Lower-cost schools Work or volunteer opportunities Tax breaks Hope tax credit or Lifetime Learning tax credit


Basic Requirements Financial Need Educational Requirements Legal and Other Requirements “Match” Requirements Financial Need and Expected Family Contribution (EFC) I think I have some special circumstances in my family. Are these considered in determining my financial needs?

If you’ll be working toward a bachelor’s degree, you might consider starting at a two-year community college and then transferring to a four-year school. Community colleges are usually less expensive than four-year schools. (Some four- year schools that are partially funded by local or state taxes can be less expensive as well.) Because attending a community college allows you to live at home, you can save money on room and board.

Lower-cost schools

Basic Requirements

If you decide to start at a community college, make sure your community college courses will transfer to your four-year college and that they will count toward your bachelor’s degree. Discuss any concerns you have about transfer courses and credits with the college registrar.
You can work part-time to pay part of your costs. Be sure your work and school schedules don’t conflict and that you save enough time for studying. Certain borrowers can take a tax deduction for the interest actually paid on student loans. This benefit applies to all loans used to pay for postsecondary education school expenses. The maximum deduction is $2,500 a year. You or your parents might also qualify for one or both of these tax credits. See page 15 for additional information about tax credits, deductions and the Internal Revenue Service.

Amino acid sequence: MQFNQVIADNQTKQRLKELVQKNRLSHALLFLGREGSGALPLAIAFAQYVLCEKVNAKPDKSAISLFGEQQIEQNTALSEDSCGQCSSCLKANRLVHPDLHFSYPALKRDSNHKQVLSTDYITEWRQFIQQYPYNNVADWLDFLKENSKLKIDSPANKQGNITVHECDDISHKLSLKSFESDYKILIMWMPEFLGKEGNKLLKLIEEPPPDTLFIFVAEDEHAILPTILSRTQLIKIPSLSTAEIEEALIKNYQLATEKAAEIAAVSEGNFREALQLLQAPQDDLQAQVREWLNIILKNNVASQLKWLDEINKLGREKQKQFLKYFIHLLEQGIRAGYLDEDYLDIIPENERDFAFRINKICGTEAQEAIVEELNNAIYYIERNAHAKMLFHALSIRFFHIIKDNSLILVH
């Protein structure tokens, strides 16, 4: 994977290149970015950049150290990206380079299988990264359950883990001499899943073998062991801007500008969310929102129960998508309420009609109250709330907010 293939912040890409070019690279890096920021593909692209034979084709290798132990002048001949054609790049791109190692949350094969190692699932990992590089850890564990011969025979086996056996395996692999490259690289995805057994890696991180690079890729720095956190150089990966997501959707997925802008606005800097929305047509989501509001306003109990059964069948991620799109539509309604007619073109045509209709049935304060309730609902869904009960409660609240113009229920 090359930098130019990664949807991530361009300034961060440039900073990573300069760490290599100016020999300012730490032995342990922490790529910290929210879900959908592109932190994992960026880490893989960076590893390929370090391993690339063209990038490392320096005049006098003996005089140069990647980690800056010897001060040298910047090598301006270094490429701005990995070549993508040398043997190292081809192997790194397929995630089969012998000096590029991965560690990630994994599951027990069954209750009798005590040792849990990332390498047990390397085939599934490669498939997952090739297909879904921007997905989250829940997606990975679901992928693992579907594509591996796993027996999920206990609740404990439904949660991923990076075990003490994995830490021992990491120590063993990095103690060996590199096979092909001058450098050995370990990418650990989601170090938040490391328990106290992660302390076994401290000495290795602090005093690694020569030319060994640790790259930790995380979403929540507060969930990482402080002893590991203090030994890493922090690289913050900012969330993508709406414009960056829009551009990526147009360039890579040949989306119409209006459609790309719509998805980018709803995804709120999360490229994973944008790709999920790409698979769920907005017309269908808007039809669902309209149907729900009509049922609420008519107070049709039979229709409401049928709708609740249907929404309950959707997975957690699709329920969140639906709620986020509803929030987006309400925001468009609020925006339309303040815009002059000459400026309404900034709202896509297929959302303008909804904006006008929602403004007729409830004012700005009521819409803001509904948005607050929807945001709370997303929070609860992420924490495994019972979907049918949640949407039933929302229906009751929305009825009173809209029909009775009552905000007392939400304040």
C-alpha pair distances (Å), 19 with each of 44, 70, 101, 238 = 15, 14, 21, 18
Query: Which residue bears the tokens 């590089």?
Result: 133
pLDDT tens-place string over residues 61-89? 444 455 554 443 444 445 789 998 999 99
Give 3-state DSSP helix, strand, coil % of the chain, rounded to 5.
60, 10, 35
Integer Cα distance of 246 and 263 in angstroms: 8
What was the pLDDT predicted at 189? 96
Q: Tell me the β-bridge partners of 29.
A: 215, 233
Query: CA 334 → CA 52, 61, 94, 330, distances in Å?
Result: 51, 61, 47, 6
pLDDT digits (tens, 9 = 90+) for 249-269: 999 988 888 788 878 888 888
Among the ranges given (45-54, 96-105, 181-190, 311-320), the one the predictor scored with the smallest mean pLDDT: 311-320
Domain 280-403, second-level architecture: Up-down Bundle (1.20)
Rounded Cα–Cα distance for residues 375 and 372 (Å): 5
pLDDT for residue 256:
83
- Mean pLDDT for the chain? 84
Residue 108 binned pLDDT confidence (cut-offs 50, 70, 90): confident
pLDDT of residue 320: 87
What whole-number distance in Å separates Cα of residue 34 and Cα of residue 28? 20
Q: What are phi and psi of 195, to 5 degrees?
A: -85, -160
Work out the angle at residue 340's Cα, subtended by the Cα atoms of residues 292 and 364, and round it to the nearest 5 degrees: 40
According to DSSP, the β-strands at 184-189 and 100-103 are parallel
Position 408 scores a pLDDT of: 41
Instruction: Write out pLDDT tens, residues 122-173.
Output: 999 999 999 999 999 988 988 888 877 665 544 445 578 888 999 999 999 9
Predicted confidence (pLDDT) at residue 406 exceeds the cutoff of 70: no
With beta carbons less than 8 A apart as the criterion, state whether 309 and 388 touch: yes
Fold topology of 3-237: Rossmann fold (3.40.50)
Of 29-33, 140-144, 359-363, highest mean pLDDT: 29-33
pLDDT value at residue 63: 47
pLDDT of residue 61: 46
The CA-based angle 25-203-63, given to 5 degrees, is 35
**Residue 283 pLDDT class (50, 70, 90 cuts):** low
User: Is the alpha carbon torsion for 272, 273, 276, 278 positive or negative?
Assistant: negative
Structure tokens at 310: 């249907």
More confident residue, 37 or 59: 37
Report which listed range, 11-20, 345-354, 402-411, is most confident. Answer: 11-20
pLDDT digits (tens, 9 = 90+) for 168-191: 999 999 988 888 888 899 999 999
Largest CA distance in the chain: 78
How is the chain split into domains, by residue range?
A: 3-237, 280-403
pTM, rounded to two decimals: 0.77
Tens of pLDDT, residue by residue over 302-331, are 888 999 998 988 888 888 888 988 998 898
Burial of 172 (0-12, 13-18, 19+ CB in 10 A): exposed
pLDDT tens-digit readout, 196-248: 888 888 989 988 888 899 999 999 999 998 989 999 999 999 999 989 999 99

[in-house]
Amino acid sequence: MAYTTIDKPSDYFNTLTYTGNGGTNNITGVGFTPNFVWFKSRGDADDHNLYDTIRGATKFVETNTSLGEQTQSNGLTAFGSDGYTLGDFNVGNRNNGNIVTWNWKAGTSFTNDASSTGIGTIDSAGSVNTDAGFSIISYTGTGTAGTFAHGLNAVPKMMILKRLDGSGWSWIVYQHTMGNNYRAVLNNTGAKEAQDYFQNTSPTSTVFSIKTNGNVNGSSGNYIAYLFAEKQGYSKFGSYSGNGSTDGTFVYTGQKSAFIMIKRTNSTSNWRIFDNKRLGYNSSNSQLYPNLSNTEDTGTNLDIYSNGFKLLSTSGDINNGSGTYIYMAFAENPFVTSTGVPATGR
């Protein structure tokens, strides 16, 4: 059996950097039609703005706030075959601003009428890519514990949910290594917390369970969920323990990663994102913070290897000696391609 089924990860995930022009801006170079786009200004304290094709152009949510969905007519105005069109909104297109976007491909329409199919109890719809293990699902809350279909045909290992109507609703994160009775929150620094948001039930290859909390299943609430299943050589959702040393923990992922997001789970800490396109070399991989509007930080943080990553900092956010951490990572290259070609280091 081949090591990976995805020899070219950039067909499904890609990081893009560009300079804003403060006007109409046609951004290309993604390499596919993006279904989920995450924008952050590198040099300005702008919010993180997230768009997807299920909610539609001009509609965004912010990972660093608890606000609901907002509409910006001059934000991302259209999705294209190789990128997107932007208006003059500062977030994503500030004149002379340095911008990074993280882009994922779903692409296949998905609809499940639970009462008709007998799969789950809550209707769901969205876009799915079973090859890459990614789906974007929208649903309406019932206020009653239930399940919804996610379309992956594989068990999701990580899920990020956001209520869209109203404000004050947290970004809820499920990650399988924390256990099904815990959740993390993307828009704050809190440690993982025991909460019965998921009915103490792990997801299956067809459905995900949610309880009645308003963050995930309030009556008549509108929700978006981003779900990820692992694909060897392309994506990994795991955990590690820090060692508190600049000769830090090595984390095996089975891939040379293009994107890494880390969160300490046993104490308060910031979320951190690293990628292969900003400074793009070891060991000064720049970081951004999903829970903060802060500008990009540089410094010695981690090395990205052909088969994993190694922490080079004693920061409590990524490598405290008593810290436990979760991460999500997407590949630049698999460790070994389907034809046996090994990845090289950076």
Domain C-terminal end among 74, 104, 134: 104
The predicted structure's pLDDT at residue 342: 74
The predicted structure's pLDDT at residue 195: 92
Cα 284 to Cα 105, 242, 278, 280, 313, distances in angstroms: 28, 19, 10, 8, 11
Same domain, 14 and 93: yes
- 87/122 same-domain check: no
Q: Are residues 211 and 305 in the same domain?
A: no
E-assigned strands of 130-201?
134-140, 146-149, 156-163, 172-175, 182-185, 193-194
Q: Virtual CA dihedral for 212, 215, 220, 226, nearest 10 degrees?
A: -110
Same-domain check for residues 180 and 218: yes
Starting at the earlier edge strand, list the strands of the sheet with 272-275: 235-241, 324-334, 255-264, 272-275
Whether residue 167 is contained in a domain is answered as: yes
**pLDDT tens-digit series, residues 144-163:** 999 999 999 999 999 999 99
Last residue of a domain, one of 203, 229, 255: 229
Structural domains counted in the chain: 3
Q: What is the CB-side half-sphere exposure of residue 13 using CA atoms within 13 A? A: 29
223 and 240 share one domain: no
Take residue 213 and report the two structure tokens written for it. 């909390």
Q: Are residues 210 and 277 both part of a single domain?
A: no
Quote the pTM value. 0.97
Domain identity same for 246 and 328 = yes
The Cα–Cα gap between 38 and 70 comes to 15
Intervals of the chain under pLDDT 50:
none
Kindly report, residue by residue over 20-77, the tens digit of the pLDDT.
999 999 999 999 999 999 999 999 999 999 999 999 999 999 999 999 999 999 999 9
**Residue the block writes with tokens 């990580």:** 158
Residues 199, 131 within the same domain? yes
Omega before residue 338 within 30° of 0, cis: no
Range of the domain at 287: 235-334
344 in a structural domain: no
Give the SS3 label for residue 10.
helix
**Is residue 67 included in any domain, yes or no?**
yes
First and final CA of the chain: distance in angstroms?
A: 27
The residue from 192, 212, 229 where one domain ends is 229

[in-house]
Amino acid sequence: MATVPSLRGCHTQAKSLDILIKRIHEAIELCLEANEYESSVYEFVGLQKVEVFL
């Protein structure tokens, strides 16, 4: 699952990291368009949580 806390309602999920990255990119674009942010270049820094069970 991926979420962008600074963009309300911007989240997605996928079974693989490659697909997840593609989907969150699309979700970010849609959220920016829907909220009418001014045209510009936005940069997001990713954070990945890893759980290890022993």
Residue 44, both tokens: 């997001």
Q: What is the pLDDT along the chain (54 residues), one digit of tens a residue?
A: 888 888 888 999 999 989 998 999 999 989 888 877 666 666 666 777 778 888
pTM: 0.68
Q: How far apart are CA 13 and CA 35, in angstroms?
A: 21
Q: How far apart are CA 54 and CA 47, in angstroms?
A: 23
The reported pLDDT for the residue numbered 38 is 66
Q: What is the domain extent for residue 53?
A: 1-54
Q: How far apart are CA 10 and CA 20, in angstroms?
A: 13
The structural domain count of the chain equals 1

Hope tax credit or Lifetime Learning tax credit

To receive aid from the federal student aid programs discussed in this guide, you must meet certain criteria: Except for some loan programs, you must show you have financial need, according to our requirements. See “Financial Need and Expected Family Contribution* (EFC)” on page 4.
Educational Requirements Financial Need

• You must demonstrate by one of the following means that you are qualified to enroll in postsecondary education: • Have a high school diploma or a General Education Development (GED) Certificate.* • Pass an approved ability-to-benefit* (ATB) test. If you don’t have a diploma or GED, you can take an approved ATB test to determine whether you can benefit from the education offered at that school.

Work or volunteer opportunities

Tax breaks

• Meet other standards your state established and that we have approved. • Complete a high school education in a home school setting approved under state law.

• You must be enrolled or accepted for enrollment as a regular student* working toward a degree or certificate in an eligible program.*



The Guide | 3

• You must meet satisfactory academic progress* standards set by the postsecondary school you are or will be attending.

You may not receive aid for correspondence or telecommunications courses unless they are part of an associate’s, bachelor’s or graduate degree program.
Legal and Other Requirements

• •